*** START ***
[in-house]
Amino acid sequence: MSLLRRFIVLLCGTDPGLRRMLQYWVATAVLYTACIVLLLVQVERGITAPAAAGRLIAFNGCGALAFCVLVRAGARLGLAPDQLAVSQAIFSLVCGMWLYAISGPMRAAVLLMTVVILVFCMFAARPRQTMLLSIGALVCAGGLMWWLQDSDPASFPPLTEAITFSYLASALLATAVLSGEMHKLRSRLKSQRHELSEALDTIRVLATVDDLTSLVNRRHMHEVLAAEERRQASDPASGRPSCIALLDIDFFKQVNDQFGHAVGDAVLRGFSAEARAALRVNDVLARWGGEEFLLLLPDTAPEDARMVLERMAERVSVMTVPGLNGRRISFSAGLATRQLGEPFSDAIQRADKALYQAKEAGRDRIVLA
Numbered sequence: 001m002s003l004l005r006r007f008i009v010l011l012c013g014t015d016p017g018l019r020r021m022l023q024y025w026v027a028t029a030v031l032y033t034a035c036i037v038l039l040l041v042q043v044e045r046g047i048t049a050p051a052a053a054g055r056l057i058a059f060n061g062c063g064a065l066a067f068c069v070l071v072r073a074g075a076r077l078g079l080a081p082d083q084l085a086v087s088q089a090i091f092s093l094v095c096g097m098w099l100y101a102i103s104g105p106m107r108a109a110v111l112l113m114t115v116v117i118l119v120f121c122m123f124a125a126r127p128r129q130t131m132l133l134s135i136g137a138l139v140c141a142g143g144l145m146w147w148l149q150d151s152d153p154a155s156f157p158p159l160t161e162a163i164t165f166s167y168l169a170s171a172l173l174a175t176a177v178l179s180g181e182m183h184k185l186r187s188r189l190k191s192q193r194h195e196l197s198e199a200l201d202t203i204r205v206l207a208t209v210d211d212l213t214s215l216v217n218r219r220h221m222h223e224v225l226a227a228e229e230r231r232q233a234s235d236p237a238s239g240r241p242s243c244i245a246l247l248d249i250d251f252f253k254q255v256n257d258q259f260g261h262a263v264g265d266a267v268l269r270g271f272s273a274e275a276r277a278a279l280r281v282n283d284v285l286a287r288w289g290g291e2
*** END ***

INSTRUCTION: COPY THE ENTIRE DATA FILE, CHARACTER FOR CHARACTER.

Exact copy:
[in-house]
Amino acid sequence: MSLLRRFIVLLCGTDPGLRRMLQYWVATAVLYTACIVLLLVQVERGITAPAAAGRLIAFNGCGALAFCVLVRAGARLGLAPDQLAVSQAIFSLVCGMWLYAISGPMRAAVLLMTVVILVFCMFAARPRQTMLLSIGALVCAGGLMWWLQDSDPASFPPLTEAITFSYLASALLATAVLSGEMHKLRSRLKSQRHELSEALDTIRVLATVDDLTSLVNRRHMHEVLAAEERRQASDPASGRPSCIALLDIDFFKQVNDQFGHAVGDAVLRGFSAEARAALRVNDVLARWGGEEFLLLLPDTAPEDARMVLERMAERVSVMTVPGLNGRRISFSAGLATRQLGEPFSDAIQRADKALYQAKEAGRDRIVLA
Numbered sequence: 001m002s003l004l005r006r007f008i009v010l011l012c013g014t015d016p017g018l019r020r021m022l023q024y025w026v027a028t029a030v031l032y033t034a035c036i037v038l039l040l041v042q043v044e045r046g047i048t049a050p051a052a053a054g055r056l057i058a059f060n061g062c063g064a065l066a067f068c069v070l071v072r073a074g075a076r077l078g079l080a081p082d083q084l085a086v087s088q089a090i091f092s093l094v095c096g097m098w099l100y101a102i103s104g105p106m107r108a109a110v111l112l113m114t115v116v117i118l119v120f121c122m123f124a125a126r127p128r129q130t131m132l133l134s135i136g137a138l139v140c141a142g143g144l145m146w147w148l149q150d151s152d153p154a155s156f157p158p159l160t161e162a163i164t165f166s167y168l169a170s171a172l173l174a175t176a177v178l179s180g181e182m183h184k185l186r187s188r189l190k191s192q193r194h195e196l197s198e199a200l201d202t203i204r205v206l207a208t209v210d211d212l213t214s215l216v217n218r219r220h221m222h223e224v225l226a227a228e229e230r231r232q233a234s235d236p237a238s239g240r241p242s243c244i245a246l247l248d249i250d251f252f253k254q255v256n257d258q259f260g261h262a263v264g265d266a267v268l269r270g271f272s273a274e275a276r277a278a279l280r281v282n283d284v285l286a287r288w289g290g291e2